You have finally been offered the job you want, the only problem is the salary isn't quite what you were expecting.  

Most recruiters leave some room for negotiating the package but it's a delicate process. As David Hughes from ECG points out - demand too much and you might not get the job or over inflate your new employer's expectations. But settling for too little will also affect the way they think about you: finding the correct level can be tricky.


•           Go back to the career plan you set yourself when you started job hunting. Does this job fit into the plan and if not do you really want it?

•           Work out what you need in terms of salary to make the job worthwhile or even affordable. Don't forget extra costs you might incur from changing jobs such as the cost of commuting to work, loss of company pension, childcare, relocation

•           If you are expecting your new employer to match or improve on your existing earnings then include all your benefits plus imminent bonuses or pay rises when calculating your current salary

•           Be prepared to negotiate on some of the benefits - for example, if you don't want the car, then can you have a cash equivalent instead? Some firms are flexible about other benefits too. Research from Hewitt Associates suggests that two in three employers either operate a flexible benefits policy or are considering it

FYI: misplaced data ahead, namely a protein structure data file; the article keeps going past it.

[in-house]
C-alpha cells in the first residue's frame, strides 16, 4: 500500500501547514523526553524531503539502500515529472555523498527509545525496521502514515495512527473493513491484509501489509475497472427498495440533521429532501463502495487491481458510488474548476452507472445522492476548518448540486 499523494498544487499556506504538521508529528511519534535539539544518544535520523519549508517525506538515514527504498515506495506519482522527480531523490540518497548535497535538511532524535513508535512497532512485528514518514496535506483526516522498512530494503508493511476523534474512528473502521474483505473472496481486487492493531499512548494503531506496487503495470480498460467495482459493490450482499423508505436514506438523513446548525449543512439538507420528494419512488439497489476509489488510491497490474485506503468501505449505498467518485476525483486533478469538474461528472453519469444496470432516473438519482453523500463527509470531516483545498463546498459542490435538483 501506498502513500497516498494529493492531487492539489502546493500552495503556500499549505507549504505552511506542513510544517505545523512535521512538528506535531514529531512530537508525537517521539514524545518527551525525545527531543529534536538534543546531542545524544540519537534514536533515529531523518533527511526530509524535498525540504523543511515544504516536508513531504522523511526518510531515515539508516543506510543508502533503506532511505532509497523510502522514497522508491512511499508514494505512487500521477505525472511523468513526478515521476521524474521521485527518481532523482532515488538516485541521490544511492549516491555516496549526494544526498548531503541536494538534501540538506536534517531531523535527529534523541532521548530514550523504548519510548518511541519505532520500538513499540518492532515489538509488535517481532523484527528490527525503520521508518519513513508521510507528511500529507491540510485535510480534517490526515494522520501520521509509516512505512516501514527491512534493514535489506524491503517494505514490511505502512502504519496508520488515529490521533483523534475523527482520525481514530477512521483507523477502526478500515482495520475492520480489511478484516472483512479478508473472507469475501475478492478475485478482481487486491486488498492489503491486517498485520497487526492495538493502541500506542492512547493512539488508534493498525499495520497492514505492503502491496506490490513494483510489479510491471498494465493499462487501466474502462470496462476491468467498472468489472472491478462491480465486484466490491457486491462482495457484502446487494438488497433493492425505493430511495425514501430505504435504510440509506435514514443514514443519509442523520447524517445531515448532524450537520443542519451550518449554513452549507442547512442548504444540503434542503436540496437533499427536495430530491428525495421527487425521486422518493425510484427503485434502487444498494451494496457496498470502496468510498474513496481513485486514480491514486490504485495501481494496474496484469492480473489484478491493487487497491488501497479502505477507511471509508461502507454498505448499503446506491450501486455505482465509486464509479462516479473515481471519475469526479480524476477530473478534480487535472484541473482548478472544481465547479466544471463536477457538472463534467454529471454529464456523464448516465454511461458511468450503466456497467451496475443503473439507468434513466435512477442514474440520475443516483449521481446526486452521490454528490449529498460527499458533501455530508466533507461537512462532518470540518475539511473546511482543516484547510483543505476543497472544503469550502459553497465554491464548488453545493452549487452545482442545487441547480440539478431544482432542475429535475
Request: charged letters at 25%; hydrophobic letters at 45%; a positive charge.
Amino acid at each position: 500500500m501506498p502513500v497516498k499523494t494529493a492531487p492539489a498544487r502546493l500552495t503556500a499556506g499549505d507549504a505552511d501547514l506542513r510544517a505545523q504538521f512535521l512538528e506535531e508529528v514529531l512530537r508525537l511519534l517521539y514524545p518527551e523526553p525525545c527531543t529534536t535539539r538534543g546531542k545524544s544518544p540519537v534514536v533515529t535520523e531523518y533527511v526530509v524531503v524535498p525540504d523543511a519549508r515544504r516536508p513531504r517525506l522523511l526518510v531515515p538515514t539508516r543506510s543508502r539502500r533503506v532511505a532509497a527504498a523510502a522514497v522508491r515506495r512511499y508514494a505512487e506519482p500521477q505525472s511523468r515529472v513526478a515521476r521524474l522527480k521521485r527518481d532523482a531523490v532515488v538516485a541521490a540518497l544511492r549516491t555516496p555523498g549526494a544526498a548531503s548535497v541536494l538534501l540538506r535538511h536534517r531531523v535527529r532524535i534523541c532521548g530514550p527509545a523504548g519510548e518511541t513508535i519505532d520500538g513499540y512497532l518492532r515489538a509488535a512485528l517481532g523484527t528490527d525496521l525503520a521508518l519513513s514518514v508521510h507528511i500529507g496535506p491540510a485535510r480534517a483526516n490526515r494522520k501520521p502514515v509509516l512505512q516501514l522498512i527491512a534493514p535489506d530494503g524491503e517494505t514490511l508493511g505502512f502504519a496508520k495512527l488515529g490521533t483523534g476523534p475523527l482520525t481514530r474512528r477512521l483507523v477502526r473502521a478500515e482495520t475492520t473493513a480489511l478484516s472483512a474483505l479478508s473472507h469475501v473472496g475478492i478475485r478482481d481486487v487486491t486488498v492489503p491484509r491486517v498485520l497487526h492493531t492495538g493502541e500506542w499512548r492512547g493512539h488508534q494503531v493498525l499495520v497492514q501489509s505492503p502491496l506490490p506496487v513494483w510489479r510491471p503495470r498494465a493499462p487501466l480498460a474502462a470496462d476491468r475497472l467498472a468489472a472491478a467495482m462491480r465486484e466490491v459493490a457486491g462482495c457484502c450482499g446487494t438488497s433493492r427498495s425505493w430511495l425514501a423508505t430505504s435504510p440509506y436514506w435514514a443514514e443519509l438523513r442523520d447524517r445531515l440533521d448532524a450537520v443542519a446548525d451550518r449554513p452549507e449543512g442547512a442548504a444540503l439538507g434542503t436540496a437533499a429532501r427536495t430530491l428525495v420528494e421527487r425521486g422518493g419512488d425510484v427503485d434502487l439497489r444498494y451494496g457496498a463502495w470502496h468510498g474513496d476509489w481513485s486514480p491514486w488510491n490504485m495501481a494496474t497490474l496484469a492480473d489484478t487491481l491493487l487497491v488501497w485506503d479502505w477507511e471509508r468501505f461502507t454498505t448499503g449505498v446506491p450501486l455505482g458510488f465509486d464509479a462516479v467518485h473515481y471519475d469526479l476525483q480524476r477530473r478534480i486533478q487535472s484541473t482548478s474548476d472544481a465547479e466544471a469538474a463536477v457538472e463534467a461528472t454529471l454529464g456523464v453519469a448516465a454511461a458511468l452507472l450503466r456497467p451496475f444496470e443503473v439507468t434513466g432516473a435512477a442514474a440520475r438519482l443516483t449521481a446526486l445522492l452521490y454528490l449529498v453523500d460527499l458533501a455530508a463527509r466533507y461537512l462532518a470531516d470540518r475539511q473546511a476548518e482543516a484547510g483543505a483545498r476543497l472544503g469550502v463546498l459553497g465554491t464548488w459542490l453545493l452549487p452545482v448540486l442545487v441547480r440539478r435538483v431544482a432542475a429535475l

•           If you have to move house to take the job, ask if there is any money for relocation, even if it has not been mentioned

•           Ask your prospective employer to honour any holiday you have booked

•           Be realistic about salary offers - ask for much more than the original offer and you appear greedy and out of touch

•           If you think another, preferable job offer is imminent then you need to buy time without annoying possible employers. Tell your preferred employer about this job offer - it could help them speed up a decision, although not necessarily in your favour

•           Be fair to your current employer when negotiating a leaving date. You may want a route back in if the new job goes pear-shaped


•           Resign until you have an offer you can accept in writing

•           Forget that it will still be dependent on good references - usually from your current boss

•           Lie about your current salary. A new employer can find out your real worth from your P45

•           Take the first thing that comes your way. If you are in a position to turn it down and have any doubts about the job then don't take it. If you feel you must take the job, then don't be surprised if you have to start the job hunting all over again in a few months


Chartered Institute of Personnel and Development:

Industrial Relations Services:   

Selby Millsmith:  

Executive Connections Group:  

Hewitt Associates:

Source: Flight International